Wouldn’t leave ammo in a hot car, but when bringing ammo to work, be very careful. Even if it’s allowed, some employers will use that against you, and you would never even know. If it’s against the rules, they will find out, and termination can ruin a life.
If you bring in the ammo, never leave it there overnight; Carrying it on your person most discreet might be an idea, but ensure it can never fall out of your pocket, don’t put anything else in same pocket. Ankle holster is an idea “for the ammo”, but when you sit, wandering eyes may see that you have something on your ankle.
I don’t think it’s fair or right, and I advocate change or relocating. Working on it.
Another consideration is a fast temperature change from warm to cold.
During hunting season we never kept our firearms in a warm cabin and then go out in cold weather to hunt. Metal can and does sweat.
IE: firearm in car all day winter conditions, get car, nice and toasty hmmm.
PS: storing conditions are on gun powder containers
( store in cool dry place )
= gun powder in bullets = bullets in hot car. Maybe put you amo in your lunch box, hold the mayo, not in refrigerator. Amo cans make nice lunch boxes.
I’ve been keeping my EDC in a locked metal case cabled under the car seat. I figured lowest location in the car is the coolest in addition to the metal case and foam inside should keep it nice and happy. I have cycled out and shot the ammo after a year and they all went bang.
I worked at a large corp that had deputized guards. Wouldn’t want a report from a nervous liberal co-worker giving misinformation. You might have Barney Fife coming at you.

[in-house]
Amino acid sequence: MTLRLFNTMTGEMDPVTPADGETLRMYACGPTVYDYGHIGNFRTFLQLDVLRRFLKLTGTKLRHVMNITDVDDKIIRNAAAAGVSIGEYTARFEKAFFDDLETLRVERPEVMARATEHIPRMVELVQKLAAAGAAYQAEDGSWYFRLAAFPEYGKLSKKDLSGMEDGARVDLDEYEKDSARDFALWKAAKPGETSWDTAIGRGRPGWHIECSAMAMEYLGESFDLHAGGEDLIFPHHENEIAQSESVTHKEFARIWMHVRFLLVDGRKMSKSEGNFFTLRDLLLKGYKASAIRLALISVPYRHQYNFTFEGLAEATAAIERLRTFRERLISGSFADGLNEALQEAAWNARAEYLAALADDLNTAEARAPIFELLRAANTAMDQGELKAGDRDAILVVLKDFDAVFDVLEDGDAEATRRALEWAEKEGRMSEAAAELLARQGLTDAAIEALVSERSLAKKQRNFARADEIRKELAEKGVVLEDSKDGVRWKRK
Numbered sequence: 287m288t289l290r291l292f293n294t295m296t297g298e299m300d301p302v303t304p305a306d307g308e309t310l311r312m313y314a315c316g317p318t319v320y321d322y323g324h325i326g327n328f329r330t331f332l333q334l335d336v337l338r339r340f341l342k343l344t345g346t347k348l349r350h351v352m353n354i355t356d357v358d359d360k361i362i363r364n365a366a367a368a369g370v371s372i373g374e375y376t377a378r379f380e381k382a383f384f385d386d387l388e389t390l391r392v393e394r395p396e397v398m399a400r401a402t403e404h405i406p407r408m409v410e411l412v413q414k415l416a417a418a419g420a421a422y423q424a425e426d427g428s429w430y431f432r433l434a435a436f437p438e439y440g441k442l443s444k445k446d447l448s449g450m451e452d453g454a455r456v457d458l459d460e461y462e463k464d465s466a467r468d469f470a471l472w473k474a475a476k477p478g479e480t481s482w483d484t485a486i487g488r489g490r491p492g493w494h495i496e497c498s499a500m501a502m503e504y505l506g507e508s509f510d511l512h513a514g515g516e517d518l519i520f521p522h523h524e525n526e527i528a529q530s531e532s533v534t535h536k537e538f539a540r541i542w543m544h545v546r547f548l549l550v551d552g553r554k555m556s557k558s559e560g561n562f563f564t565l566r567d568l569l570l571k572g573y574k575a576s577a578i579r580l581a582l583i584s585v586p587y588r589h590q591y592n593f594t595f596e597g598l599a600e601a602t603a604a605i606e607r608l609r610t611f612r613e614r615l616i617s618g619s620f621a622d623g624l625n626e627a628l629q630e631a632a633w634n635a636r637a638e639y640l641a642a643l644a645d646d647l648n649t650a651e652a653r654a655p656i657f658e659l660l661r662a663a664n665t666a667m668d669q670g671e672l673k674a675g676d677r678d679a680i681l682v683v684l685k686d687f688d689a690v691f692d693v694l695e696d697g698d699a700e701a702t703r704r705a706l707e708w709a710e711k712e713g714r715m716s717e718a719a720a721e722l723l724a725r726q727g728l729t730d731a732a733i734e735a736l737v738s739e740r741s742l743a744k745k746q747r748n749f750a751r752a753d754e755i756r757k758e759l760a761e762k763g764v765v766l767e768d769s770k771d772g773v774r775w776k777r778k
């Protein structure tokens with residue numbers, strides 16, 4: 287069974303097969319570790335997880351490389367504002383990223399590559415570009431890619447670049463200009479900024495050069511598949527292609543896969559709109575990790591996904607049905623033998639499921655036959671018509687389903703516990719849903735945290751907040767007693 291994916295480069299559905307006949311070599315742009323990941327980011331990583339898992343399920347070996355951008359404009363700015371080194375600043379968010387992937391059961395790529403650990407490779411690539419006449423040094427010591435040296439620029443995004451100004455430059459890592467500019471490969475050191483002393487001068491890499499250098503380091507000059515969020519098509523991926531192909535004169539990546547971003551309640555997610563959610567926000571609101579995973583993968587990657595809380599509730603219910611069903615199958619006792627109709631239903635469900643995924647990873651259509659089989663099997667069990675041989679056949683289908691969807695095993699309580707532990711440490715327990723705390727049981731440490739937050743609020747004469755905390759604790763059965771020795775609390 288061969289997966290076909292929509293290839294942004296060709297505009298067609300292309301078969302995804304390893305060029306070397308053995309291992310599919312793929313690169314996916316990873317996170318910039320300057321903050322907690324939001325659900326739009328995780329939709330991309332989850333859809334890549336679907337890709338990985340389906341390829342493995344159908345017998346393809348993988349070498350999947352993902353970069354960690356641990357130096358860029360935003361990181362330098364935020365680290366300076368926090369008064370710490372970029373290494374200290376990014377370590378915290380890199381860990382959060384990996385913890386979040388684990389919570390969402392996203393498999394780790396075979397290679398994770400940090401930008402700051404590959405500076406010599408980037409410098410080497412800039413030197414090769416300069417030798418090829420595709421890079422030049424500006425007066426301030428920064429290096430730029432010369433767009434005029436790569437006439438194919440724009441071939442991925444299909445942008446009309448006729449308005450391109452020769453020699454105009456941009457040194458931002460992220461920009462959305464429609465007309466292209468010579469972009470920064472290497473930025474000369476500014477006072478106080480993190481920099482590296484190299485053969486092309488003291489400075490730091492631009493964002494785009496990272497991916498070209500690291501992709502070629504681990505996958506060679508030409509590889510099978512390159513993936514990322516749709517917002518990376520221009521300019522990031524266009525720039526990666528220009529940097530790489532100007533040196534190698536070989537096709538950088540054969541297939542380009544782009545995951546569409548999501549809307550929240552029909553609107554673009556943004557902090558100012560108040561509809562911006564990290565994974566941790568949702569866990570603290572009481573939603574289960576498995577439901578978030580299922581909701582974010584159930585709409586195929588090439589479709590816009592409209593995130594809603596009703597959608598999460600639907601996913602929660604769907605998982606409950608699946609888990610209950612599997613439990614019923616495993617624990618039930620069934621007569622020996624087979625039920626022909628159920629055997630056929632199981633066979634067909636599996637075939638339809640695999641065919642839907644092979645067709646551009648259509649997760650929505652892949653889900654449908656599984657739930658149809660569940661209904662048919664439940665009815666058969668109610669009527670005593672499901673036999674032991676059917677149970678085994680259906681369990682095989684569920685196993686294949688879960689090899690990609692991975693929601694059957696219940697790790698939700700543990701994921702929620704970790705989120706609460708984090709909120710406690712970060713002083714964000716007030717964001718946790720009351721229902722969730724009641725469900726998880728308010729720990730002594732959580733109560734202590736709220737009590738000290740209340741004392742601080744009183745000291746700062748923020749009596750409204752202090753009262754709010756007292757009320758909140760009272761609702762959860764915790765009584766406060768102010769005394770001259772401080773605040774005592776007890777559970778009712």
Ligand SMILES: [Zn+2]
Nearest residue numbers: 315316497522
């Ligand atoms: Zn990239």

Jaguar XJ6 has a lower melting point, I have photos (actually photos!) Perhaps I will scan them and post!
Long story short, there was a fire across the street from a house in my parents neighborhood. The house directly across from it had a Jag in the garage and vinyl siding on the house, what a mess. the fire was almost 300 feet away. Oh and a big Duh, you meant the firearms company, not the Ford sedan!
Well, still good to know that firearms are more resilient than a Ford… Ford tough? Nah, Colt 1911 tough!
Some parts of the floor of my car get hot from the engine. After driving a good distance, when I pull over, I can feel the various spots on my floor and with my palms, I can feel which are hotter or cooler per se.
I noticed they have on the market, some material which acts to insulate in cars. I wonder if measuring and cutting to fit one’s lock box might help keep it cool — as long as the firearm still fits. On rare occasion I need to lock it in my vehicle, I try to carry all the ammo on my person.
Just one more reason I try to advocate we be allowed to conceal carry in more areas. Not to mention, less chance of it getting stolen out of the car. My car’s been broken into before, thank goodness I didn’t have my CCW in there.
There are adhesive heat reflective shields that you can stick to the bottom of the case. I used them under the seat of my motorcycle. Noticeable difference.